It is easy to have a good time at Uzès. It is not only a lovely old town perched on a hill and accompanied by half a dozen medieval towers, but is is full of life and, even better, contains more than just a few good restaurants. I stroll around the narrow lanes with renaissance and neoclassical houses, pass by the old castle and enter the cathedral to see the wildest mixture of style centuries in only one building.
For traditional and also for bright coloured modern pottery, you could spend your travel money in St. Quentin La Poterie and in cute shops all across Uzès. If you like to keep your money for other things, you should go shopping between 1.00 and 3.00 pm, when all shops are closed. Meanwhile, I choose the late morning hours for an improvised pick-nick at Pont du Gard, cooling my feet in the river and leaving aside the possibility of a canoe trip (this would have meant much more organisational work anyway). I congratulate myself to off-season travelling: Most of the time I barely see any people around – it is only the other day when taking a self portrait as strangers rush in for any unknown reason.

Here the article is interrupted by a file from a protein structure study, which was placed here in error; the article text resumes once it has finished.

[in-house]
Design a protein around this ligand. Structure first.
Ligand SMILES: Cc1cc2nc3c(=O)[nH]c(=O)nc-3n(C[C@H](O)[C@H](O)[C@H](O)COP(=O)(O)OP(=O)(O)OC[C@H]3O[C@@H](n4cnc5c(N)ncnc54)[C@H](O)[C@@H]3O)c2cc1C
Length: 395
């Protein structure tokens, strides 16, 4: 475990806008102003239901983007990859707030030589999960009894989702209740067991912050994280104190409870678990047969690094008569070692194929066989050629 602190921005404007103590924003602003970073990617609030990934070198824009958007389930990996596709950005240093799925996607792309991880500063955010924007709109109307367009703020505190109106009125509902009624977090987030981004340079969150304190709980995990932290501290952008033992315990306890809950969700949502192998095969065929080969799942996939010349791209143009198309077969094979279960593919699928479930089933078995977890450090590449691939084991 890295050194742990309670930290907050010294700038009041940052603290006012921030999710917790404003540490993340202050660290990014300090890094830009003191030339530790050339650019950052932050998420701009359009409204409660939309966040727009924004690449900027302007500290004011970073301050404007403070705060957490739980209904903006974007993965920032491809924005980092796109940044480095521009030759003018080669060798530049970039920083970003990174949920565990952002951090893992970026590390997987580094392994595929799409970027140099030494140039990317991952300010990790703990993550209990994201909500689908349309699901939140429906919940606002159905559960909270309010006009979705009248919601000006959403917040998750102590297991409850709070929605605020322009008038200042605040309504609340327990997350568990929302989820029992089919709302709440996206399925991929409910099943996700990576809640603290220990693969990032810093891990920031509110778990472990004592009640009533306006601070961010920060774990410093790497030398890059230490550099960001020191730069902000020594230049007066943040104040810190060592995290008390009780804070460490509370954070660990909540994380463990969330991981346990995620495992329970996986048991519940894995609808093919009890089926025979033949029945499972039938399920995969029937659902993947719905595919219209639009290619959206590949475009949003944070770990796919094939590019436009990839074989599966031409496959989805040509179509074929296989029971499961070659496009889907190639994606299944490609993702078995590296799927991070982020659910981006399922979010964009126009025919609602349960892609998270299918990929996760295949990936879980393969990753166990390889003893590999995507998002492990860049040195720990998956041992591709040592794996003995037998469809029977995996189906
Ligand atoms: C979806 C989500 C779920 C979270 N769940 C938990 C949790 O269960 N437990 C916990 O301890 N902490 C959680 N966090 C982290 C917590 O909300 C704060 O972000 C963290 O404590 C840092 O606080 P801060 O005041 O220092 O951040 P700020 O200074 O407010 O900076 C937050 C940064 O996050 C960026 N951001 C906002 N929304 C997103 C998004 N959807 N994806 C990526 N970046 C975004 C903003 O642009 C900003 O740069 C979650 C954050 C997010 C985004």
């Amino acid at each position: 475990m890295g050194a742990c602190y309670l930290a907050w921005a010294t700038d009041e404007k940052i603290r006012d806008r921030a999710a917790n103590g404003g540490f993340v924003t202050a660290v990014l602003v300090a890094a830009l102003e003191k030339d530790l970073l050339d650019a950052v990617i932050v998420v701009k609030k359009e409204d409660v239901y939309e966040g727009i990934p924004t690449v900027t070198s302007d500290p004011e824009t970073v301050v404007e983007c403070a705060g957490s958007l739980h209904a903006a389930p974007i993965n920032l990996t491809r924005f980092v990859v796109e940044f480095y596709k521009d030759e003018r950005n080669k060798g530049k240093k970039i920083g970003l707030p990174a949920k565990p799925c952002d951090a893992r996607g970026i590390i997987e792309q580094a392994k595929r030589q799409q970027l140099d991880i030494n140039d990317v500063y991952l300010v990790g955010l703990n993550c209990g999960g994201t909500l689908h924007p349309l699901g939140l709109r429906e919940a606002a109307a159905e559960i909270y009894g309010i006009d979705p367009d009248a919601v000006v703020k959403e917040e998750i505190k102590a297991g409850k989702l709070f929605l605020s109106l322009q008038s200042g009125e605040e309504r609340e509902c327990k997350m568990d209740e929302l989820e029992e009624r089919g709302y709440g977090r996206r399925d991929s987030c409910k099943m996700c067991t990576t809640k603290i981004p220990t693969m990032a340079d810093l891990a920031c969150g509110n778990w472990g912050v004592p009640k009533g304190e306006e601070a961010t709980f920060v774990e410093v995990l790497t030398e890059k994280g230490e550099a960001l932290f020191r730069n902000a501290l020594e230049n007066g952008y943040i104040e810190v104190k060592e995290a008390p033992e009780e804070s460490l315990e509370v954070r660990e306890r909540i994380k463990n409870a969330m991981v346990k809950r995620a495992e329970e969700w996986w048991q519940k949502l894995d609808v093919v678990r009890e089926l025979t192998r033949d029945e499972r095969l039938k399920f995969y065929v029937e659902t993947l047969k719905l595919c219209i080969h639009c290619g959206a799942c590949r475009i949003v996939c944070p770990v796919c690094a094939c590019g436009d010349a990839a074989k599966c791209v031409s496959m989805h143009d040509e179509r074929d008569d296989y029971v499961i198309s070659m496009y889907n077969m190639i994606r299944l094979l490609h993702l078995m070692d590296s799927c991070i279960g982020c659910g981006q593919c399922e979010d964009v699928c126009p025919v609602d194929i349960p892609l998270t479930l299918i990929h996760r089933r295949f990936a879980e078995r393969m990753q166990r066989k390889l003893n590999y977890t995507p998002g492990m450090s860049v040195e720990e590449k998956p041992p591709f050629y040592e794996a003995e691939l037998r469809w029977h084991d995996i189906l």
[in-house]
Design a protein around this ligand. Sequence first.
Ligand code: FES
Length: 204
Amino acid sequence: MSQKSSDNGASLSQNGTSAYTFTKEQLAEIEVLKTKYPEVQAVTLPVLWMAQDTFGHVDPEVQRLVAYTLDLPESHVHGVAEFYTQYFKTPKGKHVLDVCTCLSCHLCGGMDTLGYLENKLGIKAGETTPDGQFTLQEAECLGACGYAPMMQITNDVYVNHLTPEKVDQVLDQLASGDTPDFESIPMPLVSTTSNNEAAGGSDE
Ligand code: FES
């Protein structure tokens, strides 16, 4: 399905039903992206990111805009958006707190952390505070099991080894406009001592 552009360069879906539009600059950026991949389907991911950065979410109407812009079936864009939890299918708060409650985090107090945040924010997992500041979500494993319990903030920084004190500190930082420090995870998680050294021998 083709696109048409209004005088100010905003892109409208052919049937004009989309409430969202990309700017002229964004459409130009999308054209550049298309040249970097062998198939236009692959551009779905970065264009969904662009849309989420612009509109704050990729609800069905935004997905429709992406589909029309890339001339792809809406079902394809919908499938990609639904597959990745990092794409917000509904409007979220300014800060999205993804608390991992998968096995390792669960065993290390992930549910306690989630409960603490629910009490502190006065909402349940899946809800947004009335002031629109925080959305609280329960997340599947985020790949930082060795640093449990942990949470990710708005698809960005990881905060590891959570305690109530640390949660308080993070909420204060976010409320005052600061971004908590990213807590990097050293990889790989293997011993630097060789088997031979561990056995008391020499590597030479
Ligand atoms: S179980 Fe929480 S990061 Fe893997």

Offsetting the touristical action, I take care to spend every day some time at the neatly shaped pool (with a reasonable length of 16 meters) and do not really succeed in improving my Dutch knowledge during chats with other campers.
Uzès is one of those boomerang places: Whenever possible, I will pass by once more for all that it offers. My fist choice home-base is the inviting camp-site Mas de Rey that had been the perfect recommendation by my wise sister (as have been their restaurant infos, thanks Andy!).
Day 3 of my trip is a non-moving one. After coffee and breakfast I drive the short distance to the UNESCO world heritage Pont du Gard and enjoy a crowd-free, spectacular view on the old aqueduct.
2035 years. That is today’s age of the Pont du Gard and it still is solid, still impressive. The height of nearly 50m, the length of 275m and the fact that is has been part of a 50km water piping system, handmade and with signatures of their architects on several stones, all this is a brilliant combination of function and aesthetics.
The entire region around Uzès, Nîmes and the whole Languedoc-Roussillion is always worth to spend some time. The renaissance and medieval buildings, the Roman traces and even the pottery traditions, they are still vivid and welcoming. The following day will point out the contrast from Uzès to a medieval Disney Land, but that will bring another chapter to the story.